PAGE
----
Hyperosmolar hyperglycemic state (HHS) is a serious, acute complication of type 2 diabetes mellitus. HHS is characterized by elevated serum glucose, increased serum osmolality, dehydration, and no or minimal ketoacidosis. Triggering factors are related to increased levels of counter-regulatory hormones notably due to inadequate insulin therapy, underlying infection, concurrent medical illness, or drug side effects. Management involves rapid fluid replacement with normal saline, insulin therapy, correction of electrolyte abnormalities, and treating the underlying etiology.

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Introduction

Definition

  • Serious, acute complication of diabetes mellitus type 2 marked by 
    • Hyperglycemia 
    • Hyperosmolarity
    • Dehydration 
    • Minimal or no ketoacidosis

Epidemiology

  • Usually associated with older individuals with
    • Gradual onset of symptoms (over days to weeks)
    • Previous diabetes diagnosis
    • Recent triggering event (discussed below)

Pathophysiology

Precipitating causes

Triggering events for HHS are associated with increased levels of counter-regulatory hormones.

  • Infections (most common)
  • Discontinuation of, or inadequate, insulin therapy
  • Conditions resulting in inadequate fluid intake
    • Stroke
    • Acute myocardial infarction
    • Trauma
  • Medications
    • Corticosteroids
    • Thiazide diuretics

Pathophysiology

HHS is a state of severe hyperglycemia-induced dehydration and increased serum osmolality. It occurs due to relative insulin deficiency. 

  • Decreased glucose entry into cells → increase of counter-regulatory hormones
    • Glucagon
    • Cortisol
    • Growth hormone
    • Catecholamines
  • These counter-regulatory hormones cause
    • Increased gluconeogenesis and glycogenolysis
    • Decreased glucose utilization by peripheral tissues
  • This results in severe hyperglycemia leading to
    • Osmotic diuresis
    • Water and electrolyte loss (polyuria)
    • Dehydration → hyperosmolar state
    • Impaired renal function

Diagnosis

Clinical presentation

  • Gradual development of (over days to weeks):
    • Polyuria, polydipsia
    • Severe dehydration:
      • Decreased skin turgor
      • Sunken eyes
      • Dry mucous membranes
      • Weakness
    • Altered mental status, seizures
  • Nausea, vomiting, and abdominal pain are less commonly associated with HHS (typically associated with DKA).

Diagnostic criteria

  • Glucose > 600 mg/dl
  • Osmolality > 320 mOsm/L
  • Arterial pH > 7.3
  • Bicarbonate > 18 mEq/L
  • Little or no ketonemia/ketonuria
  • Anion gap is usually normal.

Video Gallery

Hyperglycemic Hyperosmolar State (HHS) by Sharon Bord, MD

Differential Diagnosis

The following table summarizes the important differences between HHS and DKA.

DKA HHS
Pathophysiology: Insulin deficiency → ketosis, acidosis, dehydration Relative insulin deficiency → hyperosmolarity, osmotic diuresis, profound dehydration
Patient status:
  • Affect DM type 1 patients
  • Younger age
  • Affect DM type 2 patients
  • Older age
Signs and symptoms:
  • Main symptoms are abdominal pain and hyperventilation
  • Symptoms develop rapidly over hours
  • Main symptoms are dehydration and mental status change
  • Symptoms develop gradually (over days to weeks)
Laboratory findings: Diagnostic criteria:

  • Glucose > 250-300 mg/dl
  • Osmolality < 320 mOsm/L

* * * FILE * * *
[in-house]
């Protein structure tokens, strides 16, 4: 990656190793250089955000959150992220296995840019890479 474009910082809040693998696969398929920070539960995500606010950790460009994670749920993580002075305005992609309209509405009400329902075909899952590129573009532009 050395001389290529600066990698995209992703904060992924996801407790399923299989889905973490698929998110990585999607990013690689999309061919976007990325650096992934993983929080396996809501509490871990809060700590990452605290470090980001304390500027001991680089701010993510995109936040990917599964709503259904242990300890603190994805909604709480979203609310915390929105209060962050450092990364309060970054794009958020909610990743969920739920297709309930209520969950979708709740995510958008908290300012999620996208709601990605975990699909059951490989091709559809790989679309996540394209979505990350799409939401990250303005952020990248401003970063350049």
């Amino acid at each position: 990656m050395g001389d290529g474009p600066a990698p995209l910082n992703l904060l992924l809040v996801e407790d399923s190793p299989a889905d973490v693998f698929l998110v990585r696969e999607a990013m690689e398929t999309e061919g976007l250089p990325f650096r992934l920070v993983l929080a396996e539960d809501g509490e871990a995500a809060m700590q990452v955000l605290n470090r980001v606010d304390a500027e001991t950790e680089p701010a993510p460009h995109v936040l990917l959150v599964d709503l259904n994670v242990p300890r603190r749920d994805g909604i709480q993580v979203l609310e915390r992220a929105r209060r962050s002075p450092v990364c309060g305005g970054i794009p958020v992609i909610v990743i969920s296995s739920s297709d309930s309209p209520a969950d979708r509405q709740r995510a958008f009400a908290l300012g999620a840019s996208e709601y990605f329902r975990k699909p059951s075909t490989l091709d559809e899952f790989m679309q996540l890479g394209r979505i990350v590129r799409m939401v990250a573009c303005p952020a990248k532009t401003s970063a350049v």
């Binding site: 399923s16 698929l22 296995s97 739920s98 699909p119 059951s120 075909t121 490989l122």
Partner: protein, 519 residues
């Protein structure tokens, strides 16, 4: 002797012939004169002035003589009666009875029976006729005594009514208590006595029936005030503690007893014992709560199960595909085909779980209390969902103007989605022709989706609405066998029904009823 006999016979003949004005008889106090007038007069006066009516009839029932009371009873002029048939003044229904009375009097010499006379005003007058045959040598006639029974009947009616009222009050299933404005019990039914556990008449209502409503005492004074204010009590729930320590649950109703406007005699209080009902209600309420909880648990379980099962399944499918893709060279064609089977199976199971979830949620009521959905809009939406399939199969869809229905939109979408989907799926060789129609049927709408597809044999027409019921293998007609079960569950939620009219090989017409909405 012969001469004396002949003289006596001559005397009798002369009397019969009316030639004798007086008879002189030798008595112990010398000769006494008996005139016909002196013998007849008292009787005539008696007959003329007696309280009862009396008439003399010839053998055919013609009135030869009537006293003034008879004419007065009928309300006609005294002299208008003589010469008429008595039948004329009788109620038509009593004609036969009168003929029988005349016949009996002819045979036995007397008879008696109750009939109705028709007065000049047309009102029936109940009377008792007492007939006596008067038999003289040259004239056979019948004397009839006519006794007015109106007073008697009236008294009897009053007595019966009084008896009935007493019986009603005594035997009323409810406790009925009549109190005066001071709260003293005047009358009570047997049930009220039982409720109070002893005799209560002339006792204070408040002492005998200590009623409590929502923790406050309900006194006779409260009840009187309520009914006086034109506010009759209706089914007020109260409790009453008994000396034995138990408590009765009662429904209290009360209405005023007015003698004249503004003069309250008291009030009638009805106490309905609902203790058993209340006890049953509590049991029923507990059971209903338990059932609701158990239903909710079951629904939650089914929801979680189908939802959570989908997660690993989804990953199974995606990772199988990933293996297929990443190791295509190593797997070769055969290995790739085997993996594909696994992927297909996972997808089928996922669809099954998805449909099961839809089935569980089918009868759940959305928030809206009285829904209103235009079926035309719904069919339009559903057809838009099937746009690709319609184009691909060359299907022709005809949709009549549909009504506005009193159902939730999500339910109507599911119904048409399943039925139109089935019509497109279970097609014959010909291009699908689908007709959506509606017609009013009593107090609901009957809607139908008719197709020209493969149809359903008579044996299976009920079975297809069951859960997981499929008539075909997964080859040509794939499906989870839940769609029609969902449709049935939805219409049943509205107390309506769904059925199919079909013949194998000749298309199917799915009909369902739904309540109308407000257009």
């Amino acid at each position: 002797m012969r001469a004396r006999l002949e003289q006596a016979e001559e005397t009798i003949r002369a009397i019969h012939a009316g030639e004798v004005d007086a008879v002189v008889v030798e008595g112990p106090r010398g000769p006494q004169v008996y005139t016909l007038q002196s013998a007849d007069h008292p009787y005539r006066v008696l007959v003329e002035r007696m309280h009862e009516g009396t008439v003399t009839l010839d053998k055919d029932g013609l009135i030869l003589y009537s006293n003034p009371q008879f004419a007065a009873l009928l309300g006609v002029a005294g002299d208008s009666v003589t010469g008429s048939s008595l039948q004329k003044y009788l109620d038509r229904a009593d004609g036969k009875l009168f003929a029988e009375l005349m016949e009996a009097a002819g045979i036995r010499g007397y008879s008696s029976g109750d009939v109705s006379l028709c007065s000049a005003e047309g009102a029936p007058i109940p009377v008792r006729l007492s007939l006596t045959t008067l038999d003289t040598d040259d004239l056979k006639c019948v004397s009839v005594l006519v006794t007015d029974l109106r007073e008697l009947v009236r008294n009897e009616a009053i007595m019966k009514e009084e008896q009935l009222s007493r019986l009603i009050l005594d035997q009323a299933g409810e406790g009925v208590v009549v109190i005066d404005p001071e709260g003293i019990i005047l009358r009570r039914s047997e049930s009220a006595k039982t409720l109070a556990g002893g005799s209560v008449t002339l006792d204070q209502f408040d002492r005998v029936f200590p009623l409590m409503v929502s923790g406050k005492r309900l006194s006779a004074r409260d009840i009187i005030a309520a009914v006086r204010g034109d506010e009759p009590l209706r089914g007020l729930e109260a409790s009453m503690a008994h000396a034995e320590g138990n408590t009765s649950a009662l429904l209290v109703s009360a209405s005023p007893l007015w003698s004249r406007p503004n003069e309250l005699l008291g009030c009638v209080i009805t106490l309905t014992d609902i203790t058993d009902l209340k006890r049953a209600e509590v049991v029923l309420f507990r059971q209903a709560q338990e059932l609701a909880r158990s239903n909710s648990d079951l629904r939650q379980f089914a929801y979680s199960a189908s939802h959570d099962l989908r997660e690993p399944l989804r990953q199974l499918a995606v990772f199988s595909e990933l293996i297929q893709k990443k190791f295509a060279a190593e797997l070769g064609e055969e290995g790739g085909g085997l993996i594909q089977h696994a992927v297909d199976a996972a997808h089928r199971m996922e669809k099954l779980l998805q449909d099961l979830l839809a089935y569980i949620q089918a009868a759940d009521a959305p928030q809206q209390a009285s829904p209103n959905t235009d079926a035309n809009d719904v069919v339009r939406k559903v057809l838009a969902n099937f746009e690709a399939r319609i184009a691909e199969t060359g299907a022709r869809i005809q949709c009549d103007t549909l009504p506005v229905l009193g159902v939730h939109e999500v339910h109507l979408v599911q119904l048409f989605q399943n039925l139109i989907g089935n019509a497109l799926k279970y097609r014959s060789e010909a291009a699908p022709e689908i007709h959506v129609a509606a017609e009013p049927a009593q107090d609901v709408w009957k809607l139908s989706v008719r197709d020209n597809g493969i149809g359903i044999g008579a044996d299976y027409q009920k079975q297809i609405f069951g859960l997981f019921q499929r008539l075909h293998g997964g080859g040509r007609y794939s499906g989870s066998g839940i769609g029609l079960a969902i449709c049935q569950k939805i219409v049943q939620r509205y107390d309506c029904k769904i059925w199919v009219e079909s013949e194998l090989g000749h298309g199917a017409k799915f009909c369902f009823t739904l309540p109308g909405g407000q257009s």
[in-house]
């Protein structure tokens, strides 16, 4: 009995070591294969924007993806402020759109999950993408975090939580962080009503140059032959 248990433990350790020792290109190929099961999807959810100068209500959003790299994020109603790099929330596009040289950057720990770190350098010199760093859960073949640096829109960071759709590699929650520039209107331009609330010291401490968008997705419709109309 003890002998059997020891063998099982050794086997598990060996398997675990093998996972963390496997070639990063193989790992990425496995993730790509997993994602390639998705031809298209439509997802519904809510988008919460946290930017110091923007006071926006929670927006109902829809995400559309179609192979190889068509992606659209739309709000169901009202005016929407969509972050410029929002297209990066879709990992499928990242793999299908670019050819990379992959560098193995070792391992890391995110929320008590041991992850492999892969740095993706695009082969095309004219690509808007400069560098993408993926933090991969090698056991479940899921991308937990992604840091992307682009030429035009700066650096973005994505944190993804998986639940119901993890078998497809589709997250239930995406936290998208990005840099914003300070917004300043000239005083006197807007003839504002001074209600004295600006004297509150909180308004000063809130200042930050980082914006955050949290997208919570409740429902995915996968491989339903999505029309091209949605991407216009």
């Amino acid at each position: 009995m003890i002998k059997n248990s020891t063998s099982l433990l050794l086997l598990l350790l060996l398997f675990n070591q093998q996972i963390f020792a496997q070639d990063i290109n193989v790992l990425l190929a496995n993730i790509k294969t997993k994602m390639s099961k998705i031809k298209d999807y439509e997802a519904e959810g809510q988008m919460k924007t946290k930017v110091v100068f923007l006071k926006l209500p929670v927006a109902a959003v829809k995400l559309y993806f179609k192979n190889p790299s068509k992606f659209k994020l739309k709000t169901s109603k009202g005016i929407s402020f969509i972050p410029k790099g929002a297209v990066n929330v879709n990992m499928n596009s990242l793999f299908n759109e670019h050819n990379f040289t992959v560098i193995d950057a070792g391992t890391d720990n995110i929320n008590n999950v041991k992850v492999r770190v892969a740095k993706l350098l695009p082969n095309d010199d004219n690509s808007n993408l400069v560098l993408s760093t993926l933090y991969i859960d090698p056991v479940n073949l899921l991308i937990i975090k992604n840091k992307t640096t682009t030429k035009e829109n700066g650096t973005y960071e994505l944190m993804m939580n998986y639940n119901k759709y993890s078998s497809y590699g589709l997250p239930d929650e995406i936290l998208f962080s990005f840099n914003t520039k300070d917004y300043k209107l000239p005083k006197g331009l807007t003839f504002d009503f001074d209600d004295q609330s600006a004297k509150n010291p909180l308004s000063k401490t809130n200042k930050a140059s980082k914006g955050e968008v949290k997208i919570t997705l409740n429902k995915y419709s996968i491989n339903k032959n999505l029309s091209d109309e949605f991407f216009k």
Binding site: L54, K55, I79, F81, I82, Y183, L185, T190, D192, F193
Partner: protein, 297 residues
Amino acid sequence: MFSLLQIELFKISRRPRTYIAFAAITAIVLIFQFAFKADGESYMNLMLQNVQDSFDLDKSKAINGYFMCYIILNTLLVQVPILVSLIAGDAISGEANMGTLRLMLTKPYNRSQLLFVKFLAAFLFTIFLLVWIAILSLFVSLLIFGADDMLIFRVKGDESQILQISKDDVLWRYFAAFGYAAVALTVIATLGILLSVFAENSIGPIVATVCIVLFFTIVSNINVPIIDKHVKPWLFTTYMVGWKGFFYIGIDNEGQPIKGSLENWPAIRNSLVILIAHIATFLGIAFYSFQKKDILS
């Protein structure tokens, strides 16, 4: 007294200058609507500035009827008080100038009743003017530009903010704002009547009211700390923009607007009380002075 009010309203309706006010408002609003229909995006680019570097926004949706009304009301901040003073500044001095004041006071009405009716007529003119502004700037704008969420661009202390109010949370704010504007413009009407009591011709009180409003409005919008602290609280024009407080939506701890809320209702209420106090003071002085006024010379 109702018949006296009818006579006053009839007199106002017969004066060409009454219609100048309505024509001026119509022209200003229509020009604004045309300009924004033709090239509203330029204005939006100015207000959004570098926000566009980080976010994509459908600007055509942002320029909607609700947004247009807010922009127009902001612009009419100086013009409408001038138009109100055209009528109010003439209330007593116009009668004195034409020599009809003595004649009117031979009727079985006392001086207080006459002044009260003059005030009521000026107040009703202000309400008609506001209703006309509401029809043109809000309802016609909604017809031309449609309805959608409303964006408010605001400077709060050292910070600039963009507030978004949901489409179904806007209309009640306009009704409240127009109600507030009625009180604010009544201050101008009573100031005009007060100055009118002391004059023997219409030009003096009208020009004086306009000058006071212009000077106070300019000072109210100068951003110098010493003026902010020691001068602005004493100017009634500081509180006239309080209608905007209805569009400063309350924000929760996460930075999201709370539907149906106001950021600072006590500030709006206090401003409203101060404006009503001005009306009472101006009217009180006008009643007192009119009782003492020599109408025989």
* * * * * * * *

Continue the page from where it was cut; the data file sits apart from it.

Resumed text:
• Arterial pH < 7.3
  • Bicarbonate < 18 mEq/L
  • Positive urine and serum ketones
  • Increased anion gap (>10-12)
Diagnostic criteria: 

  • Glucose > 600 mg/dl
  • Osmolality > 320 mOsm/L
  • Arterial pH > 7.3
  • Bicarbonate > 18 mEq/L
  • Little or no ketonemia/ketonuria
  • Anion gap is usually normal.

Management

Initial workup

  • Serum glucose
  • CBC, BMP, BUN, Cr
    • Calculate total serum osmolality 
      • 2(Na⁺) + 18/glucose + BUN/2
    • Calculate anion gap 
      • Na⁺ – (Cl⁻ + HCO₃⁻)
    • Calculate corrected sodium
      • Add 1.6 mg/dL to the measured serum sodium for each 100mg/dL of glucose above 100 mg/dL.
  • ABG
  • ECG
  • Urine dipstick/urinalysis for ketones 
  • Urine, blood, and/or sputum Gram stain and culture if infection is suspected.
  • Chest X-ray if pneumonia is suspected.

Management

  • Admit patient to the ICU
    • Hourly serum glucose
    • Q2-4hr serum electrolytes
      • Provide potassium supplementation to maintain Kᐩ 4-5 mEq/L
    • Monitor urine output
    • Low dose IV insulin (Kᐩ must be >3.3 mEq/L)
  • Aggressive IV fluid administration 
    • HHS patients are estimated to require ~7-12L of fluid replacement.
    • Begin with normal saline, 
      • If corrected sodium is <135 mEq/L, continue normal saline.
      • If corrected sodium remains normal or elevated, consider changing to 0.45% saline.
  • Identify and treat the underlying cause.
    • Often associated with an infectious cause
  • Provide patient education on diabetes self-management.

Clinical Relevance

The following are clinically relevant conditions associated with HHS.

Diabetic Ketoacidosis
Diabetic ketoacidosis is the acute state of severe uncontrolled diabetes characterized by hyperglycemia (> 250-300 mg/dl), ketonemia (>31 mg/ml)/ketonuria (3+) and acidosis (pH <7.3). The condition requires treatment with insulin and intravenous fluids. Along with the symptoms of HHS, DKA usually presents with abdominal pain, nausea, and vomiting. 

Diabetes mellitus type 1
Diabetes mellitus describes a heterogeneous group of metabolic diseases whose basic characteristic is chronic hyperglycemia with subsequent glucosuria. Type 1 DM results from autoimmune destruction of beta cells in the pancreas.
Diabetes mellitus type 2
Diabetes mellitus describes a heterogeneous group of metabolic diseases whose basic characteristic is chronic hyperglycemia with subsequent glucosuria. Type 2 DM results from insulin resistance of the target tissue.

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